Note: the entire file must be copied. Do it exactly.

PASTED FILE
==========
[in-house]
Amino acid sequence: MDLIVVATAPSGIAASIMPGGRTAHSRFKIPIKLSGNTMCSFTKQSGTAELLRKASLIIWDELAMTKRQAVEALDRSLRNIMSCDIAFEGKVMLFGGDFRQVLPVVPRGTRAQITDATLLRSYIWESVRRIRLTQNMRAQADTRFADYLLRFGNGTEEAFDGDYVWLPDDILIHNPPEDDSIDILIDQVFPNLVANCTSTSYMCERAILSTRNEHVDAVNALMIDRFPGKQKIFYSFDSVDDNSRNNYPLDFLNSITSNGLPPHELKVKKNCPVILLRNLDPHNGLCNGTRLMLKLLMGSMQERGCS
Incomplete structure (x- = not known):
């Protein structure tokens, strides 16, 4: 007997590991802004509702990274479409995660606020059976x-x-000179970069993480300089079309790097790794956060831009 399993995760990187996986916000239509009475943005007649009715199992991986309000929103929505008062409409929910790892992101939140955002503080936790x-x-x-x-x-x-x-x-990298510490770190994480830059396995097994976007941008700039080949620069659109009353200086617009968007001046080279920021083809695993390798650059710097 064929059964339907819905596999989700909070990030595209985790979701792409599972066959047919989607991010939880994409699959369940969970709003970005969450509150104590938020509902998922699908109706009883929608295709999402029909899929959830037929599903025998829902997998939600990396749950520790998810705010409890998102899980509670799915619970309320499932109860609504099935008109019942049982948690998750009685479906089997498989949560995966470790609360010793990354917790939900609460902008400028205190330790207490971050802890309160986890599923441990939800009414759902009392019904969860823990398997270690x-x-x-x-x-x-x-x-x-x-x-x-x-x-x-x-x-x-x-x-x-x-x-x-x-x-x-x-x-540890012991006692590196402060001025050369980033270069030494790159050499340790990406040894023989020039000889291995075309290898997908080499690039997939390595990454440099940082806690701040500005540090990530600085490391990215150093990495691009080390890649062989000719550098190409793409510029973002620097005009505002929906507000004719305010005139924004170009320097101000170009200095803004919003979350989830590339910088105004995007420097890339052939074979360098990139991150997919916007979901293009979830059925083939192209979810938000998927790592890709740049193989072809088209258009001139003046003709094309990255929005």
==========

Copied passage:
[in-house]
Amino acid sequence: MDLIVVATAPSGIAASIMPGGRTAHSRFKIPIKLSGNTMCSFTKQSGTAELLRKASLIIWDELAMTKRQAVEALDRSLRNIMSCDIAFEGKVMLFGGDFRQVLPVVPRGTRAQITDATLLRSYIWESVRRIRLTQNMRAQADTRFADYLLRFGNGTEEAFDGDYVWLPDDILIHNPPEDDSIDILIDQVFPNLVANCTSTSYMCERAILSTRNEHVDAVNALMIDRFPGKQKIFYSFDSVDDNSRNNYPLDFLNSITSNGLPPHELKVKKNCPVILLRNLDPHNGLCNGTRLMLKLLMGSMQERGCS
Incomplete structure (x- = not known):
């Protein structure tokens, strides 16, 4: 007997590991802004509702990274479409995660606020059976x-x-000179970069993480300089079309790097790794956060831009 399993995760990187996986916000239509009475943005007649009715199992991986309000929103929505008062409409929910790892992101939140955002503080936790x-x-x-x-x-x-x-x-990298510490770190994480830059396995097994976007941008700039080949620069659109009353200086617009968007001046080279920021083809695993390798650059710097 064929059964339907819905596999989700909070990030595209985790979701792409599972066959047919989607991010939880994409699959369940969970709003970005969450509150104590938020509902998922699908109706009883929608295709999402029909899929959830037929599903025998829902997998939600990396749950520790998810705010409890998102899980509670799915619970309320499932109860609504099935008109019942049982948690998750009685479906089997498989949560995966470790609360010793990354917790939900609460902008400028205190330790207490971050802890309160986890599923441990939800009414759902009392019904969860823990398997270690x-x-x-x-x-x-x-x-x-x-x-x-x-x-x-x-x-x-x-x-x-x-x-x-x-x-x-x-x-540890012991006692590196402060001025050369980033270069030494790159050499340790990406040894023989020039000889291995075309290898997908080499690039997939390595990454440099940082806690701040500005540090990530600085490391990215150093990495691009080390890649062989000719550098190409793409510029973002620097005009505002929906507000004719305010005139924004170009320097101000170009200095803004919003979350989830590339910088105004995007420097890339052939074979360098990139991150997919916007979901293009979830059925083939192209979810938000998927790592890709740049193989072809088209258009001139003046003709094309990255929005």